Charlotte Howard, a therapist at Deep Eddy Psychotherapy in Austin, TX, talks about approaching problems together as a team when you’re in relationship and the difference between compromising and negotiation.
Approach Problems as a Team
Approaching the problem as a team is incredibly important. It’s like the problem is the third party. There’s you, your partner, and the problem. You guys are on the same team and you’re looking at this problem together, even if you disagree.
Maybe your partner wants your kids to go to private school; you want them to go to public school. Instead of pitting things against each other—public versus private—you come together and say, “We aren’t sure where to send our kids to school and we have a different perspective on it. How are we going to resolve this?” You’re saying this together, looking at the problem. “Here’s my two cents” and “Here’s my two cents” but together we are working this out.
A lot of people will fight against each other when they’re trying to make an important decision that they disagree on. What you really want is for the two people to stand as a team and then look at the problem that they’re both trying to solve as one unit. If it’s public versus private school, they can brainstorm together.
They might ask, “What are the positives of private school and what are the negatives?” Same with public school. Then, they can talk through this problem and join together around whether they agree, feeling as though they are on the same page, coming to a resolution. Sometimes, you’ve laid it all out, you’ve worked as a team, and at the end of the day, you land on different sides on what the final outcome should be. What then?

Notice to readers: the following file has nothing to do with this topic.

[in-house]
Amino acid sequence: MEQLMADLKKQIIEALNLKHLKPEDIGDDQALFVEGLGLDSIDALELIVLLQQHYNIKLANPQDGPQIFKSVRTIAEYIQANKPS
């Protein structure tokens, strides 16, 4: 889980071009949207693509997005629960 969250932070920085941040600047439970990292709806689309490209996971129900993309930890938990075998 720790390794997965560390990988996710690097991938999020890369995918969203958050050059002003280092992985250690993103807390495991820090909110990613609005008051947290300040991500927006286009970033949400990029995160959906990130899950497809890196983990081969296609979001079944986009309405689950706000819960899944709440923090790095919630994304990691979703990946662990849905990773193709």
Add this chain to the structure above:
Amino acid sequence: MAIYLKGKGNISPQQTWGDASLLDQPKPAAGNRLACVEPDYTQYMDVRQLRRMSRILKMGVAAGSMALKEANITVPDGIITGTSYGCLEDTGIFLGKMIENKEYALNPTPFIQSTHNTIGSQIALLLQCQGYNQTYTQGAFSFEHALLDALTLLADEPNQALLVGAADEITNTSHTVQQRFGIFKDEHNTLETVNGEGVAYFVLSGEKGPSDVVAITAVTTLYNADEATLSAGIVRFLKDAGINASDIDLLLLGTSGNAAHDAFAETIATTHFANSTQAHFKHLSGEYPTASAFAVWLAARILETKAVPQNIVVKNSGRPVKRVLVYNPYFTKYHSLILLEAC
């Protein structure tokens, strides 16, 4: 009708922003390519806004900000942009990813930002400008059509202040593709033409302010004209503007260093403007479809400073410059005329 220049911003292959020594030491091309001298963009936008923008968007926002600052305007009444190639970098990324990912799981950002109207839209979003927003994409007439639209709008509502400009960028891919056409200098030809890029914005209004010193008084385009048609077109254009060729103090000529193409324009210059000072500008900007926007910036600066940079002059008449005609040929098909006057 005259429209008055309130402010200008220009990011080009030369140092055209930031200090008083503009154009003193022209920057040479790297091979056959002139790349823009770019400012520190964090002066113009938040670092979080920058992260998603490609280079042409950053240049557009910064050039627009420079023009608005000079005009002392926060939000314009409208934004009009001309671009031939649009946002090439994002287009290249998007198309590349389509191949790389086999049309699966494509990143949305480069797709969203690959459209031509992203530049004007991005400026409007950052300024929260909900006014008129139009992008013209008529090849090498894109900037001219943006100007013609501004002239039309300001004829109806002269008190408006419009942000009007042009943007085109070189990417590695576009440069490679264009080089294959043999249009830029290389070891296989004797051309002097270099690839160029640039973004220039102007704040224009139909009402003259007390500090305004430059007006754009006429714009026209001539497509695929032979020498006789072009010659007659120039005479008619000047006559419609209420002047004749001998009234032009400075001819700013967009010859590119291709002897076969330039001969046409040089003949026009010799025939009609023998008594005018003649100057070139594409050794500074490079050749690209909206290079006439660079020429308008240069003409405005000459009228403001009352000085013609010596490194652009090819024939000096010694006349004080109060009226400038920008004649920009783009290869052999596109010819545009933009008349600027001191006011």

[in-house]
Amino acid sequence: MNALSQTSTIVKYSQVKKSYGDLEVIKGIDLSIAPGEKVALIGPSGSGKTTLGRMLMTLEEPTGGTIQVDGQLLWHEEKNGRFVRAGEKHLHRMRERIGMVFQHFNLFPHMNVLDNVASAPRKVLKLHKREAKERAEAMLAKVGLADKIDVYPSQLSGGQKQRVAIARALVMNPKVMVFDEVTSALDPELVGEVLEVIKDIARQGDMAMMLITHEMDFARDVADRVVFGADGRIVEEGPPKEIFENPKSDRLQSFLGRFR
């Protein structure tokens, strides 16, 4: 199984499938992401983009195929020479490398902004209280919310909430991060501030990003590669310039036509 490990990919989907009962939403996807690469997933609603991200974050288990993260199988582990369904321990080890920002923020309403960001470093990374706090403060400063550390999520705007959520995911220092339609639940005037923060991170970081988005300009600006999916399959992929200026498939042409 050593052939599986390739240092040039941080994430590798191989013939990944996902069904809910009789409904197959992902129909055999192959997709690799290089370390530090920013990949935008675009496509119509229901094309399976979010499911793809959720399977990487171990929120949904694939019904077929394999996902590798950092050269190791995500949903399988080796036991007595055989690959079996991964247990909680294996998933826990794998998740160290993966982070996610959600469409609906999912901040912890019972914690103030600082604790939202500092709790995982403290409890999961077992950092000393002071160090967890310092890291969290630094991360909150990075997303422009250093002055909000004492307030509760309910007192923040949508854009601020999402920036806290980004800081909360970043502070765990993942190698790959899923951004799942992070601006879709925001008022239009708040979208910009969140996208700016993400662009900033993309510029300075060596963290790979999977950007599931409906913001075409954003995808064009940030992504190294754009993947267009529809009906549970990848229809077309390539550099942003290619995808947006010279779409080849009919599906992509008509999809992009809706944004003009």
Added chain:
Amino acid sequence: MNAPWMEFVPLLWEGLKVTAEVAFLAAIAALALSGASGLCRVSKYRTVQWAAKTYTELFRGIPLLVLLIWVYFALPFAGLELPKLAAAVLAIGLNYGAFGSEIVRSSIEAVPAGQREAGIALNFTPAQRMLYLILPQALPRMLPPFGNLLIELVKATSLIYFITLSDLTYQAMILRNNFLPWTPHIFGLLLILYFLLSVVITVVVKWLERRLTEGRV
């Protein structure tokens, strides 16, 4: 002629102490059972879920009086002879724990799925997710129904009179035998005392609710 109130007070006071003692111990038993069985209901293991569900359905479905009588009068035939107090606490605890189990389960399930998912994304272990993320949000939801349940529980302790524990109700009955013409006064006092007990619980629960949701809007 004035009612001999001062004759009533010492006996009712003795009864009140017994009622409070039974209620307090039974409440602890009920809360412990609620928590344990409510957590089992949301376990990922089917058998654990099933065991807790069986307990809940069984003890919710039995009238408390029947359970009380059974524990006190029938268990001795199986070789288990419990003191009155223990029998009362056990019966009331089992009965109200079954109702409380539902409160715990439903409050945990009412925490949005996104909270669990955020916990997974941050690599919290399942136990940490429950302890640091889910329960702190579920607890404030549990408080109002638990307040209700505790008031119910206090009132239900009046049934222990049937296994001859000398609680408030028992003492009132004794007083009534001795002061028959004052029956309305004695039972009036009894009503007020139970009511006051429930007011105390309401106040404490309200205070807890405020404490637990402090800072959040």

Who Cares about it the Most in the Couple?
In those situations, for two people who really love each other, you might choose to base your final decision on who cares about it the most. So, there’s this back and forth, “Yeah you want this, I want that, but you feel like you’re going die if we don’t do it this way, so it’s yours—fine.” That builds closeness in the relationship. That comes back when it’s you on the other side who feels more strongly about it and your partner remembers, “Well, my partner took care of me in that moment when I felt like I was going to die if I didn’t get my way.” Being able to navigate and judge who is more invested in something and letting that person have what they really need is a vital relationship skill.
Learning How to Negotiate in Couples Counseling
Recently, there has been some interest in the idea of negotiating instead of compromise. And this can be fun. Compromise can sometimes lead to no one getting their way. One person wants to go to one restaurant; the other wants to go to the other restaurant. So the compromise is, “We’ll go to this third restaurant that neither of us are really excited about.” Over time that gets kind of boring and a little bit lifeless because you don’t get to do the full expression of what you want!
A better approach might be to just go to one restaurant one night and go to the other restaurant the other night. Of course, that doesn’t work in the private versus public school debate, unless you want them switching schools all the time. Who knows? Probably not good for the kids. But it does work in a lot of situations.
For instance, one partner wants the dishes clean and the other partner wants more sex. Okay, so instead of one person nagging, “Why do you never do the dishes?” and the other person nagging, “Why do we never have sex?” you can be more like, “Hey, if you do the dishes, I’ll meet you in bed naked.” Then both people are happy because the person doing dishes doesn’t feel like, “Ugh! My partner wants me to do the dishes and I hate doing the dishes,” but instead they’re thinking, “Yay! I’m about to have sex!” And the person in bed feels the space and energy to be turned on because the partner just did the dishes, which is what they really wanted.
It can work! I really love the idea of negotiating instead of compromising on things.
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